-excerpt from "Dying Alone in a Far Away Land", Tropical Affairs by Robert Raymer
 * full article, posted 15 January 2011

**Update, the 20th anniversary of Lovers and Strangers Revisited
***Here's the link to my website, to MPH online for orders for all three of my books, including my latest, Spirit of Malaysia and for Trois autres Malaisie.


thelostfollower86 said...

u wont die alone, u have zaini and jason =)

BorneoExpatWriter said...

Thanks, No worry there. Zaini, Jason and Justin! But 20 years from now?

evakiki7 said...

Wow! How can anyone possibly lived in that dilapidated house? I cannot come to terms that an expat was living there!Or local for that matter. Hope to grab your book soon.

BorneoExpatWriter said...

Yeah, it was amazing, though I don't think he had any choice. He was that poor. At least he had a roof over his head...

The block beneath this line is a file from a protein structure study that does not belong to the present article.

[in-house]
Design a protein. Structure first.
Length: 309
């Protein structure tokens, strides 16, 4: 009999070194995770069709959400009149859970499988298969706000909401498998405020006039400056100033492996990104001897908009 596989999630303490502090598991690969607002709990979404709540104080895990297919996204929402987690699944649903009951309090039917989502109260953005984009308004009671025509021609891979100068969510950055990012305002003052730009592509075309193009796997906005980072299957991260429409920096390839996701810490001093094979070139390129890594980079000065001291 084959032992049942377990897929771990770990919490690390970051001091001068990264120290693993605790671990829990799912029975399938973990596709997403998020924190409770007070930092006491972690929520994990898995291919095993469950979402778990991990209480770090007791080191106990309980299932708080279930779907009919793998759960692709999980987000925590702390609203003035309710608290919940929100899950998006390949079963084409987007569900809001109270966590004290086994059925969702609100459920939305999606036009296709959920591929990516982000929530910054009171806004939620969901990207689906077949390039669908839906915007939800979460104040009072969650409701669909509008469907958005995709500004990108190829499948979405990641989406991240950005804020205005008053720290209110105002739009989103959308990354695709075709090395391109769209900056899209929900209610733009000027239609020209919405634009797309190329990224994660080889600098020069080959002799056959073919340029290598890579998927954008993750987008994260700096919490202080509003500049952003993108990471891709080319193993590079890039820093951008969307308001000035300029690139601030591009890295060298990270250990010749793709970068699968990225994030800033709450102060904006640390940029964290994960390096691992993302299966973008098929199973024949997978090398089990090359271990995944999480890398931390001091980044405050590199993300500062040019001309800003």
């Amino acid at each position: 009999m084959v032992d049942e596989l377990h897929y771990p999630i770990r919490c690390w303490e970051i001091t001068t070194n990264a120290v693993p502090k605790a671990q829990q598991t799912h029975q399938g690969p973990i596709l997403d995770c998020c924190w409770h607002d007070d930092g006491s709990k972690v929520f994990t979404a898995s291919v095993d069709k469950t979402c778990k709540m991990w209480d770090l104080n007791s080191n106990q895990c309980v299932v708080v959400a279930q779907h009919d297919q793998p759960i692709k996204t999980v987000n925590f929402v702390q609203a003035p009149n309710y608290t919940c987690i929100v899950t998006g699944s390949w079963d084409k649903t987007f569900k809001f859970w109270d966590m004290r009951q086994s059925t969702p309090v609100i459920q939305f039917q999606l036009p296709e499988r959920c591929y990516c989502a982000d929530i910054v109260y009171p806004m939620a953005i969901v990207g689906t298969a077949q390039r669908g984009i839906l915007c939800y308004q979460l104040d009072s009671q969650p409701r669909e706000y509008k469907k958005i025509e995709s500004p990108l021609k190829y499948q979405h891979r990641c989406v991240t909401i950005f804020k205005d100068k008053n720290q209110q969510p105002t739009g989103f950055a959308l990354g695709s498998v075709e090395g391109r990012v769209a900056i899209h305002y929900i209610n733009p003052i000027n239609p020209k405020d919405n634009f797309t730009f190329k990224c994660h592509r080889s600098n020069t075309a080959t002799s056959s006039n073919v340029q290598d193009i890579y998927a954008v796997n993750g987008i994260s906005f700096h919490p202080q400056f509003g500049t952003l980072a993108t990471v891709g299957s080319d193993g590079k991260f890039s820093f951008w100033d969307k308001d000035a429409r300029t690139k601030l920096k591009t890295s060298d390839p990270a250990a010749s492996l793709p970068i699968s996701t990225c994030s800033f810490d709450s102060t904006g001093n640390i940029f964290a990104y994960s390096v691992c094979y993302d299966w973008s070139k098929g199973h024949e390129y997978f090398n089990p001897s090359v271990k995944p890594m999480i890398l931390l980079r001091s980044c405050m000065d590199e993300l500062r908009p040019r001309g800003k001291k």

Raz said...

Fascinating story about Bill and his little seaside bungalow and good to see his memory is preserved and recorded here on your blog and in your book.

I track down and photograph abandoned prewar buildings throughout Malaysia. I always wonder about their past owners and the lives they lived in these old homes.
Sadly finding this out, is most of the time near impossible, as friends and relatives have long since moved, or simple passed away.

BorneoExpatWriter said...

Raz, A friend of this one just contacted me today from the states and she knows his nephew in the UK, a journalist who plans to write a book about him someday. My article, which they have yet to read in its entirety may give him the push. So you never know! It's cool you do that. Each house has a story that just needs to be re-created. All the best.

Nick said...

Wow. that's really interesting. The story brings back memories and a lump in my throat. I visited Penang when I was about 13 (maybe younger) with my family and stayed in the Casuarina Hotel. Whilst there, I met Bill walking the beach with his otter 'Flopsy'.